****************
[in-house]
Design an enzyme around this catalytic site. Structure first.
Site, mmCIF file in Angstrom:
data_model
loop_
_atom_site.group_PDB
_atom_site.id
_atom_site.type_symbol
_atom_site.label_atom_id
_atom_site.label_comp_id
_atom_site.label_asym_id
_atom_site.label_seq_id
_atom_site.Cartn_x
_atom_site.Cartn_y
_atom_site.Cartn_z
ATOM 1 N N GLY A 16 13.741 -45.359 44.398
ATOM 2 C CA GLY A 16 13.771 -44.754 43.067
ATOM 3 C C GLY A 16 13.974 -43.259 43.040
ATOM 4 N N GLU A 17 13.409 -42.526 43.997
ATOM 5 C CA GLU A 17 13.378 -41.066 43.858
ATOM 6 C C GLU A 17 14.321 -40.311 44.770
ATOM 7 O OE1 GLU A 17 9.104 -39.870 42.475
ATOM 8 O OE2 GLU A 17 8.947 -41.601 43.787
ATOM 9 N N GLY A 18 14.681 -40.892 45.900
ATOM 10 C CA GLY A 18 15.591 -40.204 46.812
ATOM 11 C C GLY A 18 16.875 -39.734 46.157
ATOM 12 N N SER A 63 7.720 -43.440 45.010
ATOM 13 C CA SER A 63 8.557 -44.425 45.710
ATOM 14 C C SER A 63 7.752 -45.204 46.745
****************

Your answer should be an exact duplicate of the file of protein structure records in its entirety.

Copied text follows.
[in-house]
Design an enzyme around this catalytic site. Structure first.
Site, mmCIF file in Angstrom:
data_model
loop_
_atom_site.group_PDB
_atom_site.id
_atom_site.type_symbol
_atom_site.label_atom_id
_atom_site.label_comp_id
_atom_site.label_asym_id
_atom_site.label_seq_id
_atom_site.Cartn_x
_atom_site.Cartn_y
_atom_site.Cartn_z
ATOM 1 N N GLY A 16 13.741 -45.359 44.398
ATOM 2 C CA GLY A 16 13.771 -44.754 43.067
ATOM 3 C C GLY A 16 13.974 -43.259 43.040
ATOM 4 N N GLU A 17 13.409 -42.526 43.997
ATOM 5 C CA GLU A 17 13.378 -41.066 43.858
ATOM 6 C C GLU A 17 14.321 -40.311 44.770
ATOM 7 O OE1 GLU A 17 9.104 -39.870 42.475
ATOM 8 O OE2 GLU A 17 8.947 -41.601 43.787
ATOM 9 N N GLY A 18 14.681 -40.892 45.900
ATOM 10 C CA GLY A 18 15.591 -40.204 46.812
ATOM 11 C C GLY A 18 16.875 -39.734 46.157
ATOM 12 N N SER A 63 7.720 -43.440 45.010
ATOM 13 C CA SER A 63 8.557 -44.425 45.710
ATOM 14 C C SER A 63 7.752 -45.204 46.745